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U.S. railroad traffic and freight volume shipments slump

In this image, the camera points at train tracks.
The River Subdivision of CSX Transportation Rail Line near Saugerties, New York. Photo: Getty Images

Railroad traffic and freight volume shipments are dropping below levels seen around this same time in 2016, 2017 and 2018, data from the Association of American Railroads shows.

Why it matters: An efficiency strategy called precision scheduled railroading (PSR) could be North American railroads' "last hope for continued profit growth," Barron's magazine reports — amid concerns of global economic slowdowns, a trade war and recession across the U.S., particularly in Michigan, Hawaii, Montana, Maryland and Louisiana.

  • PSR "uses departure schedules and point-to-point delivery methods to achieve low operating rations and consolidate railroad networks," according to breakthroughfuel.com.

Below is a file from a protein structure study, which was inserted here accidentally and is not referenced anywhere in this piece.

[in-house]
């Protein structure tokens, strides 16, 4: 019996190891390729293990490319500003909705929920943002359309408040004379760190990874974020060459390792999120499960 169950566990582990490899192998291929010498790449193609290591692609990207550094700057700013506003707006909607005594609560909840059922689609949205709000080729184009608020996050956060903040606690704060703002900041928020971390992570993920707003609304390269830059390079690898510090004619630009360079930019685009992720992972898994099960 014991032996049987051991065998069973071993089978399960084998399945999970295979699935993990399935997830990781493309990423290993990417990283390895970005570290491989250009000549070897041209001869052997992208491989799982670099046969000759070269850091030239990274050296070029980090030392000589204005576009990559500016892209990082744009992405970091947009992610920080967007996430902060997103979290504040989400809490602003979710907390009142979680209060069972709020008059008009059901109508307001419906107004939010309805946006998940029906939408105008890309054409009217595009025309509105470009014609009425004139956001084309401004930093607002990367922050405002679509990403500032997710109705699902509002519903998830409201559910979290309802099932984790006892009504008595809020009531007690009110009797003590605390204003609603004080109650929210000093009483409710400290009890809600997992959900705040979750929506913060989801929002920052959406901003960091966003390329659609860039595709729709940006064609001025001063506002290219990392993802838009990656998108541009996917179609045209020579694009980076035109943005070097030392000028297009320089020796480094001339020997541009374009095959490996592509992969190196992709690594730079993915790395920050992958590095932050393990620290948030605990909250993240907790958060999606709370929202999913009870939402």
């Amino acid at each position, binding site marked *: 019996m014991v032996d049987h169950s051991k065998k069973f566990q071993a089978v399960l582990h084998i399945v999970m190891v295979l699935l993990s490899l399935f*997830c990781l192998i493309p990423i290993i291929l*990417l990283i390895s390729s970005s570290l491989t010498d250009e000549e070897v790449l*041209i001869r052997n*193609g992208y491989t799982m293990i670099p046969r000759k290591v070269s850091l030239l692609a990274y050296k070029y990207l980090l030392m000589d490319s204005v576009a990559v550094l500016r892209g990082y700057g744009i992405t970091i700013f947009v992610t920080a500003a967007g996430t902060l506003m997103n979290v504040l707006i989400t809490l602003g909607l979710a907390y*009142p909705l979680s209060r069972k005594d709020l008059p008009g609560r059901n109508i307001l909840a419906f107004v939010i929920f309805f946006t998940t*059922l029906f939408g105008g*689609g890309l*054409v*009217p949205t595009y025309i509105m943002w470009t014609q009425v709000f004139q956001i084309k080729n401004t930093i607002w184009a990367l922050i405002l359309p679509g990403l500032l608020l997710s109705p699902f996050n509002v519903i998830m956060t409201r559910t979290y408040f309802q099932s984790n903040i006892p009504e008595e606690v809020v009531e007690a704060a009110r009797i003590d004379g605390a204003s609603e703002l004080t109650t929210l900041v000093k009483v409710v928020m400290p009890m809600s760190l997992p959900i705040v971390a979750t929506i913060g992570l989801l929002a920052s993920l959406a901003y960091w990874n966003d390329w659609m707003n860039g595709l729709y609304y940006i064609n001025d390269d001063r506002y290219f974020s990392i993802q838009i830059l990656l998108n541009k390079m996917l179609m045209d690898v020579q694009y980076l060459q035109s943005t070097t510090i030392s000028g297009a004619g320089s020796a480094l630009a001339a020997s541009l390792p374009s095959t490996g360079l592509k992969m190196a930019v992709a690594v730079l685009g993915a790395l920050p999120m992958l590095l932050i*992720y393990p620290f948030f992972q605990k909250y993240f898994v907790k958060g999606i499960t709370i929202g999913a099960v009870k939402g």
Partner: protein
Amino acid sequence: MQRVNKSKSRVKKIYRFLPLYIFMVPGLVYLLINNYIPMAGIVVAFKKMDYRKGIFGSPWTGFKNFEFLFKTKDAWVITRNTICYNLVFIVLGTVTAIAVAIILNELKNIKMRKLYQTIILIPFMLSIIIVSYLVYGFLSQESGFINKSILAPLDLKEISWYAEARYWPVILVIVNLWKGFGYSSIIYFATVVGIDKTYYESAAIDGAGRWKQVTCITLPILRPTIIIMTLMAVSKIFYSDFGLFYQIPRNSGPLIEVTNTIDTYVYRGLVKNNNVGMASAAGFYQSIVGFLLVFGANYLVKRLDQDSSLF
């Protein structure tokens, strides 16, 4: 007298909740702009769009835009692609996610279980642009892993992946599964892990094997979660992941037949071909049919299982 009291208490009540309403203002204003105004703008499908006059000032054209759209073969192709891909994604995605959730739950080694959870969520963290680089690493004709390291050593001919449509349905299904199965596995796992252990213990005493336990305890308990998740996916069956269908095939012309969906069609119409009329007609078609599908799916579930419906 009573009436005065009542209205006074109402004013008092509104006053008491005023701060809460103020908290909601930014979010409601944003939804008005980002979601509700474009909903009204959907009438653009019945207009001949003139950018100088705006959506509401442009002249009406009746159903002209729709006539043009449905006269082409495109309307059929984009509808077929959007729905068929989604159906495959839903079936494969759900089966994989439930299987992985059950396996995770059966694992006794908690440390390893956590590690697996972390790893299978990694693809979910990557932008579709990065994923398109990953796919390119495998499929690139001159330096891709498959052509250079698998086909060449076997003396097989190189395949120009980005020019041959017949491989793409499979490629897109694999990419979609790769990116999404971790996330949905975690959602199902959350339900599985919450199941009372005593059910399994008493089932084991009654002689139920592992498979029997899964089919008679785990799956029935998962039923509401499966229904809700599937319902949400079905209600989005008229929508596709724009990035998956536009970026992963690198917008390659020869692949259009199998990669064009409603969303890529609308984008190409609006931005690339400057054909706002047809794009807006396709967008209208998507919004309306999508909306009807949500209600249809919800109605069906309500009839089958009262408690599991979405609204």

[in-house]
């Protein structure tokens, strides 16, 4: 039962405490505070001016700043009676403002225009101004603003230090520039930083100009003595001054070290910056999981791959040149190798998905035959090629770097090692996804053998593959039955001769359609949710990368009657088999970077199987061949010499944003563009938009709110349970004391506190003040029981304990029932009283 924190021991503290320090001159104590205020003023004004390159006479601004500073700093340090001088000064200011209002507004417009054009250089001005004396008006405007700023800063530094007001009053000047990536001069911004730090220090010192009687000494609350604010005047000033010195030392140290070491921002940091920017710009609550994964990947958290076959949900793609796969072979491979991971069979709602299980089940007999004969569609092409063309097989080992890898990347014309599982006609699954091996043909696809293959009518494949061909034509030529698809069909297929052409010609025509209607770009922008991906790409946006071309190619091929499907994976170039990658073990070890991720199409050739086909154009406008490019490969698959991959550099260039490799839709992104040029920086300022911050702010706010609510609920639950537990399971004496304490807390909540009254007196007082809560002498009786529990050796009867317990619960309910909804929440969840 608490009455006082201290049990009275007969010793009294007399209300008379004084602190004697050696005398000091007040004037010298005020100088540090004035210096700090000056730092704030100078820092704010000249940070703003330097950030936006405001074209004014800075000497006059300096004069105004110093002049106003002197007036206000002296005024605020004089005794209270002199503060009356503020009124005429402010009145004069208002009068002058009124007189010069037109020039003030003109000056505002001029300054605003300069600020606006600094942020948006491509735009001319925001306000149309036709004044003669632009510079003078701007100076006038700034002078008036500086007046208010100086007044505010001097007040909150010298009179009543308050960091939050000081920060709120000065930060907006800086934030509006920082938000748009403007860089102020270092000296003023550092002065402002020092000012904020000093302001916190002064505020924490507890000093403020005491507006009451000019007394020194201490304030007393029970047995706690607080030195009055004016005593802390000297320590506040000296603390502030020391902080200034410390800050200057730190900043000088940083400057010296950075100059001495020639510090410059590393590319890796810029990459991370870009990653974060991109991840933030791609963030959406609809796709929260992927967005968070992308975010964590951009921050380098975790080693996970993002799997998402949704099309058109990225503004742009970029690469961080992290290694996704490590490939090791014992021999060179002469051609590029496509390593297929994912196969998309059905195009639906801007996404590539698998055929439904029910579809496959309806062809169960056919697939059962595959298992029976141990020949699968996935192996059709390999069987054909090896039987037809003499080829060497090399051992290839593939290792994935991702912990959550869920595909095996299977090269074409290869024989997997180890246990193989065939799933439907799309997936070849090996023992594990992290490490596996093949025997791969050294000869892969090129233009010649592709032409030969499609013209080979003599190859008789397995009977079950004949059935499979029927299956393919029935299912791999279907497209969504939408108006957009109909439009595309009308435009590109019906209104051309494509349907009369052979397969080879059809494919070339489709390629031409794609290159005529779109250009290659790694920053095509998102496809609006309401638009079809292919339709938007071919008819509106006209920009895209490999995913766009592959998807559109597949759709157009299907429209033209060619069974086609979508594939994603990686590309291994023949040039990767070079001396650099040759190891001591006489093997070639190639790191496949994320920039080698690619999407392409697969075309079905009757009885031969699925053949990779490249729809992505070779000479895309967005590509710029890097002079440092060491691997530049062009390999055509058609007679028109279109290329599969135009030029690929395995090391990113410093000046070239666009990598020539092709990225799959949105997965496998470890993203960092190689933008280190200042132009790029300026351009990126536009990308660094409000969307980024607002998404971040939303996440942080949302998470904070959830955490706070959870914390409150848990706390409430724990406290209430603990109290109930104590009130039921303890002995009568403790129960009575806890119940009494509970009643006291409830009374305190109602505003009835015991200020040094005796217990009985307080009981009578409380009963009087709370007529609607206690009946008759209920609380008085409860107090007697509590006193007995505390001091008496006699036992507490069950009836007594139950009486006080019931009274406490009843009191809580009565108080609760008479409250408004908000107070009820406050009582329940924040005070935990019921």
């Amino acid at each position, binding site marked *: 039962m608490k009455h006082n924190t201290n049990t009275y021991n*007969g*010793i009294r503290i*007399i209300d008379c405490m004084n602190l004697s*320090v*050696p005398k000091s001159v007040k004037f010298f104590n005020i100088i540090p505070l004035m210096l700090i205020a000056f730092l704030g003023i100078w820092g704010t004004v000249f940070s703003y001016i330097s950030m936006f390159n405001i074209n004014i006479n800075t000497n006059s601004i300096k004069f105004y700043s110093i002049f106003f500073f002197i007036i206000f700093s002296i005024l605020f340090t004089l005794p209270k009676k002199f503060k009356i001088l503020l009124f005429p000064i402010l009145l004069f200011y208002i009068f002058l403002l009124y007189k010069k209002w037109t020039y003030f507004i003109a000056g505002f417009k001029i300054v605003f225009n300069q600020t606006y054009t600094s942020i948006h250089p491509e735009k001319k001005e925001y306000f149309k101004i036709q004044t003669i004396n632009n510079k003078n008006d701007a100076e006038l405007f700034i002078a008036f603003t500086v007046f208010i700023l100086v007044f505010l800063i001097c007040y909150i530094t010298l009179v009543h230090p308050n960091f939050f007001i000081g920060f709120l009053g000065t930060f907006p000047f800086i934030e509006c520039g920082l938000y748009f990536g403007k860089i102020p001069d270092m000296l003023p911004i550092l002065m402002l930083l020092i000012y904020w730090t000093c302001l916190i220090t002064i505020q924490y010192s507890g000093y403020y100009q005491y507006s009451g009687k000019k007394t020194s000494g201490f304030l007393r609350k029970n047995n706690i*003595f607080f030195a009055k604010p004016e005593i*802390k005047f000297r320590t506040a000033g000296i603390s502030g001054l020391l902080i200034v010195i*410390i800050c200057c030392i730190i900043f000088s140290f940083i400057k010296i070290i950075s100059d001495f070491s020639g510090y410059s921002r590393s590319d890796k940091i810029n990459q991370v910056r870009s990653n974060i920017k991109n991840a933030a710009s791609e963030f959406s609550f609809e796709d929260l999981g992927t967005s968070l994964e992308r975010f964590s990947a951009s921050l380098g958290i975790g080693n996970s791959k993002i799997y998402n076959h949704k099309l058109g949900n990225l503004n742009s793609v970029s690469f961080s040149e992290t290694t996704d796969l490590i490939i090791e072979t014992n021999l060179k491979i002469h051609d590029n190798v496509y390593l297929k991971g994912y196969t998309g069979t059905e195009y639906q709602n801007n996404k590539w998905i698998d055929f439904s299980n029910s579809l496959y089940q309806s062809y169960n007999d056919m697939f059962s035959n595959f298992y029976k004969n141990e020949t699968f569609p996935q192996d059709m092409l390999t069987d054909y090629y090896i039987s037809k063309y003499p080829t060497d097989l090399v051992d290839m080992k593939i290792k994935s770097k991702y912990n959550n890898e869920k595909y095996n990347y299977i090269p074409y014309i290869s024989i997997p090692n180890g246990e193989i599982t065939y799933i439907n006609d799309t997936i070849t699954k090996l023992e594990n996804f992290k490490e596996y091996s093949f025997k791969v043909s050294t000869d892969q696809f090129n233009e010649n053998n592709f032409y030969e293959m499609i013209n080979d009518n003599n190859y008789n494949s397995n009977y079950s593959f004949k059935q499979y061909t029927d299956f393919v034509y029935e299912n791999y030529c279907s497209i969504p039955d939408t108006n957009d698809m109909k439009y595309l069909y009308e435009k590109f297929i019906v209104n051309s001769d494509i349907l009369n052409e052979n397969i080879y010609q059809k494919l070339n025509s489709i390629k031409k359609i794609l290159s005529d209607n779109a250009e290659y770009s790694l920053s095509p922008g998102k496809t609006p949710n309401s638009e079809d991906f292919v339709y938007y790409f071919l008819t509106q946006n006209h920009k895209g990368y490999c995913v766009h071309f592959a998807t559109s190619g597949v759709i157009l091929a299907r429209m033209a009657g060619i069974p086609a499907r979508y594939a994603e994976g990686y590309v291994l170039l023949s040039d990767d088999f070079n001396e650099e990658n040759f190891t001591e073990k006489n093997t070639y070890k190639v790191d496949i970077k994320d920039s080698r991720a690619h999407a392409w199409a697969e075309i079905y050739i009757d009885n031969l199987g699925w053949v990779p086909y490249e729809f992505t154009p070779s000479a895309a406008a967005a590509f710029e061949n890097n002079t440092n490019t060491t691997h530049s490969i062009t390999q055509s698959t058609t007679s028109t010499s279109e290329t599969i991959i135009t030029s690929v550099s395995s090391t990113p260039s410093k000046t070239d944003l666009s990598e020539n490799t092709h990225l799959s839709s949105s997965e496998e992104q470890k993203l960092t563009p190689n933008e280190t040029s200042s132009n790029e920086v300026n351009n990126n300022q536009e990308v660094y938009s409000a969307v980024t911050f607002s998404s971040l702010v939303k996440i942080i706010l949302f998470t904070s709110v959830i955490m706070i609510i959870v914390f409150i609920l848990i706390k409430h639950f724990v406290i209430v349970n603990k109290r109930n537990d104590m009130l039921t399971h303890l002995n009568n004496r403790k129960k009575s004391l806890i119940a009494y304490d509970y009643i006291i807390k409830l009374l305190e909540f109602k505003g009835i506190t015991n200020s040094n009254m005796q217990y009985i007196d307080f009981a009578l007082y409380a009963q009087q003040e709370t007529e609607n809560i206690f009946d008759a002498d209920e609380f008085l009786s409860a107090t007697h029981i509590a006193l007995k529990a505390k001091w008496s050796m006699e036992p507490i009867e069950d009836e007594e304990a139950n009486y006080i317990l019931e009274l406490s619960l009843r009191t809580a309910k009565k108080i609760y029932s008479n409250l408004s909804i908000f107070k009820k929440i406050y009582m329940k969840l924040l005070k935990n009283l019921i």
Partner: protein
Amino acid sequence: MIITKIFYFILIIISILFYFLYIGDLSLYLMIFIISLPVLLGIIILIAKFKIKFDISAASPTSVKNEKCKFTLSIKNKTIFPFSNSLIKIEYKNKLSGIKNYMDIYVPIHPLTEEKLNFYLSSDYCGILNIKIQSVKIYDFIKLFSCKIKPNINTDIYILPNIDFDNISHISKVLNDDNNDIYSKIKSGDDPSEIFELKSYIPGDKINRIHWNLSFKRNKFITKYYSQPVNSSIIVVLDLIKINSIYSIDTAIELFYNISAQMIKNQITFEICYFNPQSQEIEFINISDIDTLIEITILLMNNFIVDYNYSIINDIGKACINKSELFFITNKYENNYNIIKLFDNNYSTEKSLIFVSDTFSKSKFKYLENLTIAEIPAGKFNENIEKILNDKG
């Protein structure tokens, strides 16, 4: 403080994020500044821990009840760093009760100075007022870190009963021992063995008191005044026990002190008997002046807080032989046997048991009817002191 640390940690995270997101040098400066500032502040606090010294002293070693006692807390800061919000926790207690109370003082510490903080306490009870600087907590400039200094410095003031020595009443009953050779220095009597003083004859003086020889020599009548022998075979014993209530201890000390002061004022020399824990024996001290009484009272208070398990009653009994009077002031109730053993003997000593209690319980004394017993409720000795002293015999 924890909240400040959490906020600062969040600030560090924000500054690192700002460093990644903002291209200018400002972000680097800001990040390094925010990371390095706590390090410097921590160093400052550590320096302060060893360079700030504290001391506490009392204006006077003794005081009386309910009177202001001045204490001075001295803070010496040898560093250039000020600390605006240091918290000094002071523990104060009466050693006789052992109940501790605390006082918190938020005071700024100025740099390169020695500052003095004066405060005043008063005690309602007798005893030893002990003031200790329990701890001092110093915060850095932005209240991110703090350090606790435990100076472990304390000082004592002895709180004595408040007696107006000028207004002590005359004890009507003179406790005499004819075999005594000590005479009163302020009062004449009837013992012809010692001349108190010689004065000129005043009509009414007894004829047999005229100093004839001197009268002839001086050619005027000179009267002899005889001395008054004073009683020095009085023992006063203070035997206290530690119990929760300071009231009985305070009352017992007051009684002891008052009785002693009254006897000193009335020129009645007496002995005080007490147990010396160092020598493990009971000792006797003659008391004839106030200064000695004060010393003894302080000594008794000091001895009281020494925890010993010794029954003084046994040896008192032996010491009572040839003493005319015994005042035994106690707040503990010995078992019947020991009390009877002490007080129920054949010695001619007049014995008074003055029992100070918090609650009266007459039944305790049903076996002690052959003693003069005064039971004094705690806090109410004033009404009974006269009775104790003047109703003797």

• In July, rail transportation and real estate company CSX "reported a drop in its last quarter's revenue and warned of a decline in the year's freight volumes," writes Barron's — but CSX shares have recovered nearly half of the 20% they lost following the company's warning.

The bottom line, per Barron's: "If the magic of precision scheduled railroading has only a few more percentage points of operating profit to deliver to railroads like Union Pacific, then profit growth will have to come from increased shipping volumes and price increases. And those growth drivers are not moving in the right direction."

Go deeper: The decline of American coal is taking a toll on the railroad industry